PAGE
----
The Mediterranean diet isn’t a “diet” in the traditional sense of the word. It’s a delicious, healthy way of eating. A lifestyle choice. Inspired by traditional diets of Greece, Spain, and Southern Italy, the Med diet (that’s what people in the biz call it — and it’s much easier to spell!) emphasizes fruits, vegetables, nuts, and olive oils accompanied by seafood and red wine and lesser amounts of red meat, poultry, and dairy products.
Mediterranean Diet Benefits
The first objective data about the health benefits of eating a Mediterranean style diet was published in the 1940’s as part of the Seven Countries Study — the first of its kind to analyze the connections between lifestyle, diet, heart disease, and stroke across varying populations in different parts of the world. And studies continue to support the Med diet’s healthy goodness:
- A recent study from the Annals of Internal Medicine shows that women who eat Mediterranean style in their middle ages have improved health later in life. They’re about 40% more likely to live past 70 without 11 chronic diseases, including many cancers, type 2 diabetes, and Parkinson’s disease.
- Another study funded by the Spanish government and published in the New England Journal of Medicine indicates that adding olive oil and nuts to your diet can decrease your risk of cardiovascular disease by about 30%.
- And another research project at the University of Alabama Birmingham suggests that adhering to a Meditteranean style diet may be linked to preserving memory and thinking abilities.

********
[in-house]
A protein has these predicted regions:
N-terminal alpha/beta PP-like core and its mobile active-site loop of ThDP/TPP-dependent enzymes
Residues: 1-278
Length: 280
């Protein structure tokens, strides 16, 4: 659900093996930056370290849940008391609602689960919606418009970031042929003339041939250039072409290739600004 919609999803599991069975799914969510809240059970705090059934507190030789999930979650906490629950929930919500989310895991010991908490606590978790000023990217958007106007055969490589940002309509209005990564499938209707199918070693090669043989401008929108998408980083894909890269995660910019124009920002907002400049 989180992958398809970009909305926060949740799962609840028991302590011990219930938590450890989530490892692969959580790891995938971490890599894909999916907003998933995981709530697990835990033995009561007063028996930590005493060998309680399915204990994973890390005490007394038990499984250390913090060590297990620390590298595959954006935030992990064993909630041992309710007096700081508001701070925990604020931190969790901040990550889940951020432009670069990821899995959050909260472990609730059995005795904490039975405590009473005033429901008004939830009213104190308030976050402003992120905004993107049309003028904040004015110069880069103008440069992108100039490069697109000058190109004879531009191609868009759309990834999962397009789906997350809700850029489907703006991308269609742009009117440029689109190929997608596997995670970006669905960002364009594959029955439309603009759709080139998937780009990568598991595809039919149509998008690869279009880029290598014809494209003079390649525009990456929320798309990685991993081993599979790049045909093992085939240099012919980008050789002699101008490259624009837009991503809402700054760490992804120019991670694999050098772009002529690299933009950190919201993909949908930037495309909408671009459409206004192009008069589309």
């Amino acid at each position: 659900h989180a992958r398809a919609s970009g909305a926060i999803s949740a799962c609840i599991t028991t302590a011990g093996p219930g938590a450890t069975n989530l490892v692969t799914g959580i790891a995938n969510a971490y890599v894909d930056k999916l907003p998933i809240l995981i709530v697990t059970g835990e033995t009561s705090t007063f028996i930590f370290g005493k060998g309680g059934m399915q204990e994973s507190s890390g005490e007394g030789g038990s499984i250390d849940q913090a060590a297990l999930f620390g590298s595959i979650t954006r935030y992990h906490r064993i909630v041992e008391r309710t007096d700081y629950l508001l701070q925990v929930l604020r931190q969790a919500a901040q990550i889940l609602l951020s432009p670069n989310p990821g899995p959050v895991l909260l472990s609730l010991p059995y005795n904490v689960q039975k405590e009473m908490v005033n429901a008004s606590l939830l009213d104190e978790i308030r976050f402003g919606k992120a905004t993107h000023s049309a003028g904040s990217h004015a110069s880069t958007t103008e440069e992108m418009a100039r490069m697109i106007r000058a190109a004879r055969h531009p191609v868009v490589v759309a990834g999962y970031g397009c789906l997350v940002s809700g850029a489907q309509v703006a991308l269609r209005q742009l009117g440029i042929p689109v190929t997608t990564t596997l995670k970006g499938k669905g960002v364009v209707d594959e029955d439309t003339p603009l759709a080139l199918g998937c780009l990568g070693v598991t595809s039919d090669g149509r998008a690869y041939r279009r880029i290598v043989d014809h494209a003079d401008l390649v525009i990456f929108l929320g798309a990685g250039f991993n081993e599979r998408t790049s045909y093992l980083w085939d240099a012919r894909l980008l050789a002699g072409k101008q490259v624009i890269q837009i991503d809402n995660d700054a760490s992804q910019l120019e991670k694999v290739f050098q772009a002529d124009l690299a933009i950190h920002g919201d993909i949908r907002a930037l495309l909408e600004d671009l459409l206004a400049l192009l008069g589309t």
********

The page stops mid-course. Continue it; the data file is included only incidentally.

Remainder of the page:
Getting To Know The Mediterranean Diet
Start with the Med diet pyramid — it’s festive and emphasizes the social aspects of eating. It encourages you to be active and enjoy your meals with friends and family. Eat mostly whole grains, fruits, vegetables, beans, herbs, spices, nuts and peanuts. Enjoy seafood twice a week, eat poultry once a week, and red meat in moderation. And stock up on olive oil to use as your principal fat. Emphasize minimally-processed foods, and eat seasonally fresh, locally grown foods — which can maximize its’ beneficial micronutrient and antioxidant content.
If you want to learn more, download the “Welcome to the Mediterranean Diet” brochure from the Oldways web site.
I’m not a big fruit eater, and my family doesn’t like many vegetables, so embracing this lifestyle may be a challenge for us. But we’re going to give it a try. How about you?
Image Credit: Seafood Starter In Greece via Shutterstock